FIG. 7C is a variation of the heater 33 of FIG. 7B, with the change being in the position of the TPG heat spreader 600, which is embedded in the heater between the graphite substrate 100 and the base coat 200, and at the bottom of the graphite substrate 100.

In FIG. 7D, at least 2 TPG heat spreaders 600 are used, with the heat spreaders 600 being embedded both on the top & the bottom of the heater, between the graphite substrate 100 and the base coating layer 200.

FIG. 7E illustrates an embodiment of a heater 33 wherein a plurality of TPG heat spreaders 600 are used/embedded at the top of the heater 33. In one embodiment, a plurality of through-holes are provided in the TPG layers 600 to promote adhesion between the graphite substrate, the base coat 200, and the overcoat 300. In another embodiment, smaller pieces of TPG are used forming a mosaic configuration in overlapping layers with most of the holes and boundaries are offset from one another.

In the illustrated embodiments, the electrode is positioned at the bottom (or near the bottom) of the heater 33 for optimum thermal design. However, other embodiments are anticipated (although not illustrated) for a heater with a uniform temperature distribution on the substrate, having electrode patterned at the top of the heater 33 (near the support wafer). In another embodiment (not illustrated), the TPG layer is positioned between the wafer substrate W and a patterned electrode situated at the top of the heater 33. In yet another embodiment (not illustrated), the TPG layer is still nearly as effective being located below the heater pattern for improved efficiency and heater distribution with the c-direction in the TPG layer being a barrier to heat flow.

The heater of the invention can be used in a number of different processes, including plasma-etching chamber for processing glass molds, or in semiconductor processing chambers including but not limited to atomic layer epitaxy (ALD), low pressure CVD (LPCVD), and plasma-enhanced CVD (PECVD).

The invention is further illustrated by the following non-limiting examples.

EXAMPLES

In the examples, computational fluid dynamics (CFD) calculations are carried out to model the heater assemblies. FIGS. 8A and 8B are schematic views of the model built to compare the performance of the prior art heater vs. an embodiment of the heater having at least an embedded TPG layer. The model is an axi-symmetric 2-D model.

In the model of a heater in the prior art, sintered AlN is used for the ceramic core with an isotropic thermal conductivity of 160 W/m-K. In the model of an embodiment of the heater of the invention, the TPG layer is embedded in the sintered AlN ceramic core. The TPG layer has an anisotropic thermal conductivity of 1500 W/m-K in the horizontal plane, and 20 W/m-K in the vertical plane. Perfect contact between the TPG and AlN is assumed in the calculations. The thickness of the TPG (th) is varied, as well as the distance from the top surface where th TPG is located (d).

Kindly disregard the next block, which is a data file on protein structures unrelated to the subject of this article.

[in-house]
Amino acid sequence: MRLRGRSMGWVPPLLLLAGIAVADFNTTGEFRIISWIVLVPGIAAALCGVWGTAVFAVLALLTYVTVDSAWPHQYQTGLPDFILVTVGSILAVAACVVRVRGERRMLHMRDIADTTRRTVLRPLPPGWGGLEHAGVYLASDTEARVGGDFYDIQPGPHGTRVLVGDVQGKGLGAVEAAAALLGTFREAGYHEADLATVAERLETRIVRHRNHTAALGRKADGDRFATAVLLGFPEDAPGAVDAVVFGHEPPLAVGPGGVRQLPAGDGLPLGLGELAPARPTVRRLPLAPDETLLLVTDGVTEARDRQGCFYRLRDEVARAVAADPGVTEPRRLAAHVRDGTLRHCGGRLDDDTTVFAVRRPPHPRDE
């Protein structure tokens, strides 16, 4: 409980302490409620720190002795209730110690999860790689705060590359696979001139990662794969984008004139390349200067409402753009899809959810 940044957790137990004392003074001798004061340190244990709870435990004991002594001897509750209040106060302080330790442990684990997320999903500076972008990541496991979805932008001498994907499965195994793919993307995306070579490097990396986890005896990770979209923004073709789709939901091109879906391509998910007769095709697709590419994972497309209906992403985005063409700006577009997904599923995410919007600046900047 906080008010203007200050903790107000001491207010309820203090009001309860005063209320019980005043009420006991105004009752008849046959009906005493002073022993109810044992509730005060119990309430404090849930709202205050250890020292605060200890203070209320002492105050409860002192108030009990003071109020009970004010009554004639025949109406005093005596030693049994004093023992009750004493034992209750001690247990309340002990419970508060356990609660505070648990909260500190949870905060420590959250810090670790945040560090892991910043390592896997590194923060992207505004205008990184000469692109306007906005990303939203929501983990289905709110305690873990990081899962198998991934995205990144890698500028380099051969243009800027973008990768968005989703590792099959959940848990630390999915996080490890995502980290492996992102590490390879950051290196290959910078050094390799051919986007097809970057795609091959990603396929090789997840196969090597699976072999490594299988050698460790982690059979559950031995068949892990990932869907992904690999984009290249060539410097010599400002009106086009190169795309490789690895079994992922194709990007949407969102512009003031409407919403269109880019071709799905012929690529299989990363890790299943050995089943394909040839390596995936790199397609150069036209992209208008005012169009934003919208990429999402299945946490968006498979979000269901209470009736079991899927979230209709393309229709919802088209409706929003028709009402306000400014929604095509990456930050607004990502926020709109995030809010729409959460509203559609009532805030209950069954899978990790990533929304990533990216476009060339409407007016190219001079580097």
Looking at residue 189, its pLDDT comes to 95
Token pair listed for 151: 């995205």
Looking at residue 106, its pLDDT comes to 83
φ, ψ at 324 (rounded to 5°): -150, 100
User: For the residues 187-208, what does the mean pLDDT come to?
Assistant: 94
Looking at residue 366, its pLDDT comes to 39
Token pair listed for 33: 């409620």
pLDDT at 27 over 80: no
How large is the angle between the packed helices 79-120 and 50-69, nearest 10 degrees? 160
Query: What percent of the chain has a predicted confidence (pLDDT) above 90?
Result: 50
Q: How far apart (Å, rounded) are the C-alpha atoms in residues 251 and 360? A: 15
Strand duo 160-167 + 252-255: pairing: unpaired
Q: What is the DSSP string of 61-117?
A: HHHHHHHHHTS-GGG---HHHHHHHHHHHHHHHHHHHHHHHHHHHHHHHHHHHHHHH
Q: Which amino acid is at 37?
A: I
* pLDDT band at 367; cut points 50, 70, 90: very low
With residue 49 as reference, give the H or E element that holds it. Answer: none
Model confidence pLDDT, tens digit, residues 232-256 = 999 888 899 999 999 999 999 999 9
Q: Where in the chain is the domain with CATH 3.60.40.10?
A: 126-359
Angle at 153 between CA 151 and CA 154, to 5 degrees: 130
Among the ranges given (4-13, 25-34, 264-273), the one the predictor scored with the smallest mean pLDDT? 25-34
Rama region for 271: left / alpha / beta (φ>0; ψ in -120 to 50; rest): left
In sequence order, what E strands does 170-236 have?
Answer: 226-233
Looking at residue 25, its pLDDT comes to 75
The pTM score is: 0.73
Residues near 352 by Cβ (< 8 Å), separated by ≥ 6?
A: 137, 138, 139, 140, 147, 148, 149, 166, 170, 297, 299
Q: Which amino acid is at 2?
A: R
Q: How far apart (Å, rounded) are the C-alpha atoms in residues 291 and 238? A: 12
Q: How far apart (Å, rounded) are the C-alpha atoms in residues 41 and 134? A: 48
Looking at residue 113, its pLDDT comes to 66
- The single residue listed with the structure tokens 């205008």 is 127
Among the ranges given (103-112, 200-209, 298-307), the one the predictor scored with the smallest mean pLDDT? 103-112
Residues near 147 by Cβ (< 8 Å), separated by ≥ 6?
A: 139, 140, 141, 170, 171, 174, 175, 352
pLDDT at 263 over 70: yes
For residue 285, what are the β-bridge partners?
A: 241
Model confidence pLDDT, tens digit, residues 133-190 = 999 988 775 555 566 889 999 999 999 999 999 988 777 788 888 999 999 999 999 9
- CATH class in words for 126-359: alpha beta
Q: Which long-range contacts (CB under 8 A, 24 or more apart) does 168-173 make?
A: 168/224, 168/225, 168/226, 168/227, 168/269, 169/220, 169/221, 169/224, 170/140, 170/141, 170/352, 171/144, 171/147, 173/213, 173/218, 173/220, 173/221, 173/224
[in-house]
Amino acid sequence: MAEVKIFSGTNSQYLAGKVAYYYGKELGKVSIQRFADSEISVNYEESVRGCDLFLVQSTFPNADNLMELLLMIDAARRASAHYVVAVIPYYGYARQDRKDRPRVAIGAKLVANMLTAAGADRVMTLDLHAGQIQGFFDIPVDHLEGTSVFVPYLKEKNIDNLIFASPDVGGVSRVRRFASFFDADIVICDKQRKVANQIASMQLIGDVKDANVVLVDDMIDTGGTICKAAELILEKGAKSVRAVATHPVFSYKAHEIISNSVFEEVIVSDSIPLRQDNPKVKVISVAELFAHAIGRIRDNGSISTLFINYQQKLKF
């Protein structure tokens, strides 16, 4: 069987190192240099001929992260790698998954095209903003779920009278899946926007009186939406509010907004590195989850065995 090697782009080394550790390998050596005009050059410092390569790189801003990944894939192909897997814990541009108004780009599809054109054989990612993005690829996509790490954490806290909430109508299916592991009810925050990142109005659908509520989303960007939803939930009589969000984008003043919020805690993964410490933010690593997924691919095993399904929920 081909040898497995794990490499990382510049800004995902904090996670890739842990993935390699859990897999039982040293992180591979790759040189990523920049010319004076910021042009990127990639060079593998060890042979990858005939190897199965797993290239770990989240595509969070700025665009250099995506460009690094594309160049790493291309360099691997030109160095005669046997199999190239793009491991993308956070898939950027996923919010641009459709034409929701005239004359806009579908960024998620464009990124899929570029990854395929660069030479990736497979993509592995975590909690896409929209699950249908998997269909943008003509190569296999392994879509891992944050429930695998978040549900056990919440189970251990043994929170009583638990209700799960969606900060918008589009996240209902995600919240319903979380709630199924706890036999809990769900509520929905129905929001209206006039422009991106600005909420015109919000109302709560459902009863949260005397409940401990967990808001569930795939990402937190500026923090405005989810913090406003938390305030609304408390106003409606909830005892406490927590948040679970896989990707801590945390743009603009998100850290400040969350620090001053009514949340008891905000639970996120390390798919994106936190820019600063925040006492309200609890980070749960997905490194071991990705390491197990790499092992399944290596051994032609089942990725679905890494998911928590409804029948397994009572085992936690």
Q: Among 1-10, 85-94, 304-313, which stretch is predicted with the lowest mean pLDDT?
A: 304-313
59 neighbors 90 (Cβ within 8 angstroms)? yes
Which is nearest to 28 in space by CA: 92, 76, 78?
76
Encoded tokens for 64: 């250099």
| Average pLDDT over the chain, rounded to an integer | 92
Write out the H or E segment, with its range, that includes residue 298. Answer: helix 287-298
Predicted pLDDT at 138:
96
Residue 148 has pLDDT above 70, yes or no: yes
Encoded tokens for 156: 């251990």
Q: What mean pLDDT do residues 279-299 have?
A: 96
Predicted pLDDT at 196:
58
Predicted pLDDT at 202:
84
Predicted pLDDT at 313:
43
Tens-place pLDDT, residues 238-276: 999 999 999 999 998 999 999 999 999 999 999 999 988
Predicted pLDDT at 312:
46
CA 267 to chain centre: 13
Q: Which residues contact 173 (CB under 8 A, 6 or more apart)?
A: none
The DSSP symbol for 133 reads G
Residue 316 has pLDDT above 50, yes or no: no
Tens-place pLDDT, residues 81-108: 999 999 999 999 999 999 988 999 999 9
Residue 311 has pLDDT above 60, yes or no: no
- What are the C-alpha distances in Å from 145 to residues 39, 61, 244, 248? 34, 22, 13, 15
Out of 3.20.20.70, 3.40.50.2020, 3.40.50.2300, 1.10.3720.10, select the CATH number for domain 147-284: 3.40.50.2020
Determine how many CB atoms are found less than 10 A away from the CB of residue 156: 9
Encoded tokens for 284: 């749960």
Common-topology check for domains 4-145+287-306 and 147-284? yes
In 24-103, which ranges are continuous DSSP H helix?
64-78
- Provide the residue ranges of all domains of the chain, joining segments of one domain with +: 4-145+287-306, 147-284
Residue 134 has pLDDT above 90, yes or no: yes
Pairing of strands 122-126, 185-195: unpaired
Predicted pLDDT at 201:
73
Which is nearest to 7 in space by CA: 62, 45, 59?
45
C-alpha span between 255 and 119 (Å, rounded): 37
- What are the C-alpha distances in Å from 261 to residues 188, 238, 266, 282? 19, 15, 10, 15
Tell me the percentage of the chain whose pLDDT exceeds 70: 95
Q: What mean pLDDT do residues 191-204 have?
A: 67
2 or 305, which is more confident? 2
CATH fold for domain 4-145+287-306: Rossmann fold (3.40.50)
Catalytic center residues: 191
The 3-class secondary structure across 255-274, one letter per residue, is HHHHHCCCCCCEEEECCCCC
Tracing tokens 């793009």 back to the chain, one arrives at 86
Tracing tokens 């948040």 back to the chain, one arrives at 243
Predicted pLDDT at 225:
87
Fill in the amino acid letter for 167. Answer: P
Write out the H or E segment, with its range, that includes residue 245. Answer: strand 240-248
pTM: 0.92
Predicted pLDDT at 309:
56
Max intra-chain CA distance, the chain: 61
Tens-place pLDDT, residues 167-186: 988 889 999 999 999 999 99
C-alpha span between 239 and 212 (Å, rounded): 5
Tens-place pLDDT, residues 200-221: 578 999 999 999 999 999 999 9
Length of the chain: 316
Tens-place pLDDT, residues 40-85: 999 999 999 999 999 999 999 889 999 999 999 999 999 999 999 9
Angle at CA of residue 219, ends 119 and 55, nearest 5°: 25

In the models, a single wafer is heated with varying power input levels. The power is input into an electrode on the bottom of a substrate/electrode system, and the temperature is determined on the topside of the structure as a function of position. From this data, the difference in maximum and minimum temperature is calculated. As illustrated, the surfaces (with an assumed emissivity of 0.4) radiate into free space with a background temperature of 0° C. Temperature uniformity on the wafer surface is defined as the difference between the maximum temperature and minimum temperature as measured by thermocouples placed across the wafer surface. Uniformity requirement is stringent in the case of Metal Organic Chemical Vapor Deposition (MOCVD) process. Hence, every Celsius degree variation in temperature uniformity affects the deposition process. The results of the computer model are illustrated in FIGS. 9-12.

FIG. 9 is a profile of the wafer temperature in the heater of the prior art with 10, 200, and 1000 W power input into the electrode. The temperature distribution on the top side of the wafer structure is modeled.

FIGS. 10-12 are profiles of various embodiments of a heater of the invention. FIG. 10 shows the temperature profile of a heater with a 1 mm thick TPG layer embedded in an AlN core substrate is used. The TPG layer is located 2.5 mm from the top, but results show that the temperature distribution is relatively insensitive to the location of the TPG layer.

In FIG. 11, a much thicker 3 mm thick TPG layer is embedded in one embodiment of an AlN core heater, wherein 10, 200, or 1000 W power are input into the electrode. The results show a marked improvement in temperature uniformity particularly with lower power input. Again, the model results show that the temperature distribution is relatively insensitive to the location of the TPG layer.

FIG. 12 shows remarkably uniform temperature distribution on the top side of the structure with an embedded 6 mm thick TPG layer 2.5 mm from the top of the heater (away from the wafer). The Tmax-Tmin varies from 0.03° C. to 7.7° C. depending on the power input level. As shown, for each power level, a TPG thickness can be optimized to enable maximum temperature uniformity across the wafer substrate, i.e., <5° C. Tmax-Tmin in one embodiment to <2° C. Tmax-Tmin for some applications.

This written description uses examples to disclose the invention, including the best mode, and also to enable any person skilled in the art to make and use the invention. The patentable scope of the invention is defined by the claims, and may include other examples that occur to those skilled in the art. Such other examples are intended to be within the scope of the claims if they have structural elements that do not differ from the literal language of the claims, or if they include equivalent structural elements with insubstantial differences from the literal languages of the claims. All citations referred herein are expressly incorporated herein by reference.

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Classifications
U.S. Classification118/715, 156/345.37, 118/725, 156/345.52, 118/724, 156/345.51, 156/345.47
International ClassificationC23C16/00, H01L21/306
Cooperative ClassificationH01L21/67103, C23C16/4586
European ClassificationC23C16/458D2F, H01L21/67S2H2